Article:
In May, the Cisco Foundation committed $100 million over 10 years to fight climate change. The Foundation, funded by Cisco Systems, said the money would support “technology-based solutions, GHG [greenhouse gas] and carbon reduction, climate resilience, green jobs, and community education and activation.” The commitment was in keeping with Cisco’s recent history on emissions and climate: in 2018 Cisco set an approved, Science Based Target for warming well below 2 degrees Celsius, then achieved 100% US energy use from renewables in 2020, and has reduced its Scope 1 & 2 (operational and power usage) emissions 55% from a 2007 baseline.
One of Cisco’s most ambitious climate commitments is in its supply chain, where the company is targeting a 30% reduction in Scope 3 (supplier and customer) emissions by 2030, based on a 2019 baseline. As part of this goal, Cisco seeks for 80% of its suppliers to set their own reduction targets by 2025; as of 2020, 33% had already set such targets (some of them under pressure from Cisco). For many tech companies in particular, Scope 3 commitments have potential to create the greatest impact, by kickstarting a virtuous cycle within which a cascading series of suppliers must make their own commitments to meet the demands of their largest customers.
Cisco’s climate commitments and progress are, in many ways, exemplary: they demonstrate the power of setting serious goals and progressing through well-defined, intermediate targets to reach them. If all companies were as serious about their commitments, we would undoubtedly be much further along in the fight against climate change. But as a founder of the Science Based Targets Initiative told the New York Times earlier this year, “when you look at what’s behind [some companies’ websites and sustainability reports], you’ll see there is not a lot of substance behind those commitments or the commitments are not comprehensive enough.” Many companies still do not even make commitments to reduce emissions, or publish annual sustainability reports at all.
In the case of Cisco, another set of recent commitments helps illustrate how companies can come to realize the importance of targets, then set and commit to them. Like many companies, Cisco responded vocally to the May 2020 murder of George Floyd and rising support for the Black Lives Matter movement, with CEO Chuck Robbins calling the killing “horrific,” “maddening” and “truly abhorrent.” Cisco promptly donated $5 million to charities fighting racism and discrimination, and postponed the company’s biggest event of the year. But later that same summer, during a company-wide, virtual diversity conference, multiple employees posted comments that included objectionable remarks.
Cisco’s challenges around equity and diversity multiplied from there. In July of 2020, California’s Department of Fair Employment and Housing sued Cisco and two of its employees, claiming the employees had harassed a subordinate software engineer based on being born into the Dalit, or “untouchable” Hindu caste. The suit claimed Cisco failed to take corrective action, even after successive investigations. Then in September, the company was again sued, this time by shareholders with the general employees pension fund for the City of Pontiac, Michigan, for failing to include a Black board member (similar lawsuits were filed with other companies that appeared to have strong diversity and inclusion narratives, without the board diversity to back them up).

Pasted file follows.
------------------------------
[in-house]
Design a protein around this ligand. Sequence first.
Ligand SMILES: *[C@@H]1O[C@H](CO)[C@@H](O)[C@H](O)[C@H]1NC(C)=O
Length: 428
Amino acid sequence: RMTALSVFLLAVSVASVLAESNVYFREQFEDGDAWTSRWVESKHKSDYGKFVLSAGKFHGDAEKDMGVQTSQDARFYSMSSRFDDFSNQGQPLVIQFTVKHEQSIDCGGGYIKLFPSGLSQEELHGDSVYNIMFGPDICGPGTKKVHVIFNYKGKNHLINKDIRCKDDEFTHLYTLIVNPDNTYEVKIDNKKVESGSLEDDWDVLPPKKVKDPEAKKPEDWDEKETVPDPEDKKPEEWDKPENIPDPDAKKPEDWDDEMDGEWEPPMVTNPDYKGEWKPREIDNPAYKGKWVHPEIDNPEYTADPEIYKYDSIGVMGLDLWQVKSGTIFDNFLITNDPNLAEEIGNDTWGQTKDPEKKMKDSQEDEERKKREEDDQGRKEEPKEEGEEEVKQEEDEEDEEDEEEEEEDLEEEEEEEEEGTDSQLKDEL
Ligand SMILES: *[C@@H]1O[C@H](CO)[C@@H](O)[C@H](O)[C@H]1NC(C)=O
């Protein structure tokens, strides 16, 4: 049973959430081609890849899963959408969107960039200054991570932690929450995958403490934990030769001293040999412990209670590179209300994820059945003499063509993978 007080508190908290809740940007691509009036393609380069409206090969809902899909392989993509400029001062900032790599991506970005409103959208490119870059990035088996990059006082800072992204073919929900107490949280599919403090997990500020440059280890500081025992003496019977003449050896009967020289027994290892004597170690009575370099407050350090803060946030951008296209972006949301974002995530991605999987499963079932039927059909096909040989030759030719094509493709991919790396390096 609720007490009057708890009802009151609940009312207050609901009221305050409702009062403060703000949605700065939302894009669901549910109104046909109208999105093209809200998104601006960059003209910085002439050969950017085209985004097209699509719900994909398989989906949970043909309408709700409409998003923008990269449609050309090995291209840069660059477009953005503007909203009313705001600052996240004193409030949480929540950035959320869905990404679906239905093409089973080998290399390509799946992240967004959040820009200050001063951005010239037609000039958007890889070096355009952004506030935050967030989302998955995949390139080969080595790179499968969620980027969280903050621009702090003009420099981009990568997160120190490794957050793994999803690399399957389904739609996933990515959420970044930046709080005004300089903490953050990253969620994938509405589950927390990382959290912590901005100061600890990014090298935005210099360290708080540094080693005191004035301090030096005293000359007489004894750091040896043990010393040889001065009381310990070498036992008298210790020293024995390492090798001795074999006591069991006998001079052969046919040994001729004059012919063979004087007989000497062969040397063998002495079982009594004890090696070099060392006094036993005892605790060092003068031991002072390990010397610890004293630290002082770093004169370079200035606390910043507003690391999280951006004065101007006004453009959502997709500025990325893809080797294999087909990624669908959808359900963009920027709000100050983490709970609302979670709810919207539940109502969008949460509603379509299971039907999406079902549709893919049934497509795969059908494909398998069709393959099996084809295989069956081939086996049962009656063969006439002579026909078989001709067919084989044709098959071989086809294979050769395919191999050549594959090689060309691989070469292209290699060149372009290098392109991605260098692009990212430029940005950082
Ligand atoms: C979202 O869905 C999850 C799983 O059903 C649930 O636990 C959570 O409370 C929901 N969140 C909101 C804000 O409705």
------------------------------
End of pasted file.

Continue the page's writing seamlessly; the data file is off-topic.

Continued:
Cisco’s response has been instructive. After the comments were posted during Cisco’s internal diversity conference, the company went through the comments one by one to separate those that represented genuine questions or confusion from those that were truly offensive. In response to the latter, several employees were immediately fired. In September 2020, Cisco pledged $100 million to historically black colleges and universities, launched a $50 million venture capital fund focused on companies with diverse leadership and founders, and committed an additional $50 million over 5 years to increase diversity across its partner ecosystem, including the number of Black employees in management roles at partner organizations. At the same time, Cisco committed to increase its own representation of Black employees by 25%, and at the Director level and above by 75%, by 2023. The company also broadened its nascent pay parity program to analyze promotions, stock and bonuses alongside salary. It will also require preferred suppliers to report their own workforce diversity to Cisco beginning in 2021. Cisco’s 11-member board now includes 4 women and 2 persons of color, including John D. Harris II, who was appointed to the Board in January and is Black.
How Cisco progresses on these diversity- and equity-related commitments remains to be seen. But if the company’s ability to follow through on its climate commitments is any guide, there is reason to hope that Cisco’s workforce will grow steadily more diverse, that equal pay and recognition will be conferred on employees of all genders, races, ethnicities and sexual orientations, that management will dedicate even more support to an inclusive company culture, and that Cisco’s impact on issues of diversity and equity will be felt beyond its own workforce, as partners and suppliers are held to the company’s own powerful standard of commitment.